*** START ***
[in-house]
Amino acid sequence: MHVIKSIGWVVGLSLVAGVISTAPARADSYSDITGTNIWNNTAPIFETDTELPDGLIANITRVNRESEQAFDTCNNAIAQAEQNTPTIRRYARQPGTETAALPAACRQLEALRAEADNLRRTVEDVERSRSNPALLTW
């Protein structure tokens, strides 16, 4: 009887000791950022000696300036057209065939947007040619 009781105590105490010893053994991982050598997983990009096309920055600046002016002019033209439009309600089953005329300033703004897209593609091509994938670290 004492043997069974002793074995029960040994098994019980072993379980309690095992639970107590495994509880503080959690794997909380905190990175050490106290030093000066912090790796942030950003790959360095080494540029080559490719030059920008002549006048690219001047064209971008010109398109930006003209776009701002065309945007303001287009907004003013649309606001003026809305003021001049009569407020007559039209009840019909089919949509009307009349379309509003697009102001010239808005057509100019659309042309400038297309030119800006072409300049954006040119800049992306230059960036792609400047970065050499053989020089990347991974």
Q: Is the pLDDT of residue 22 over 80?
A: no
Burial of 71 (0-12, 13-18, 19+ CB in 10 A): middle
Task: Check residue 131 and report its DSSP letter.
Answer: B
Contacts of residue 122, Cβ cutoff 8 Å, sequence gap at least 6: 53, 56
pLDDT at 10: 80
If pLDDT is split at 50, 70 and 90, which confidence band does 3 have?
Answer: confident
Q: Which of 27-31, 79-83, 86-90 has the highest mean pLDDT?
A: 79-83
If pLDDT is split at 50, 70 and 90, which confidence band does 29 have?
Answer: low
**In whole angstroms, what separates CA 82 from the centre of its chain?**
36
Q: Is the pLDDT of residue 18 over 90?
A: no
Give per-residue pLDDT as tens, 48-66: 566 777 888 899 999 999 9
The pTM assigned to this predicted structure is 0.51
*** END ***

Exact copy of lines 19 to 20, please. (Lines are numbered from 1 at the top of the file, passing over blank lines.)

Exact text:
Q: Is the pLDDT of residue 18 over 90?
A: no